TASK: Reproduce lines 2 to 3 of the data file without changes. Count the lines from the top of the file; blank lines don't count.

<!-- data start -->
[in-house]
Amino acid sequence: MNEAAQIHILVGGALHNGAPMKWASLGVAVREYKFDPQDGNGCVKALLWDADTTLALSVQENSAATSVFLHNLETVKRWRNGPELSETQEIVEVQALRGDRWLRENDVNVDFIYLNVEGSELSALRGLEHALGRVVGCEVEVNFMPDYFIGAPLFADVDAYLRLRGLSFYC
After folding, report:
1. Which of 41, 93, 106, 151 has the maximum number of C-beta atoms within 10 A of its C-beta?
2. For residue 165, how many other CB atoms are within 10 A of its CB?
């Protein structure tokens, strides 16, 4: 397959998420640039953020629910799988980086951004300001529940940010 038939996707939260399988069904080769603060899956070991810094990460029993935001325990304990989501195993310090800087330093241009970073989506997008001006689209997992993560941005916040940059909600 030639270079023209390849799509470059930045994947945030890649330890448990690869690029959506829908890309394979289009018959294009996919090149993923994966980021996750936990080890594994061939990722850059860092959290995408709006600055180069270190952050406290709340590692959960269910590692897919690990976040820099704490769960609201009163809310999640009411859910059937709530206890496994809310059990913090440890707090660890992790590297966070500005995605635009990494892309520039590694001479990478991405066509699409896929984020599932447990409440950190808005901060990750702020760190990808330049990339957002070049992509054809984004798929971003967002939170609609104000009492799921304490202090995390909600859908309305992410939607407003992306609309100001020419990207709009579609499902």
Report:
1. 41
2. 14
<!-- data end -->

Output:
Amino acid sequence: MNEAAQIHILVGGALHNGAPMKWASLGVAVREYKFDPQDGNGCVKALLWDADTTLALSVQENSAATSVFLHNLETVKRWRNGPELSETQEIVEVQALRGDRWLRENDVNVDFIYLNVEGSELSALRGLEHALGRVVGCEVEVNFMPDYFIGAPLFADVDAYLRLRGLSFYC
After folding, report: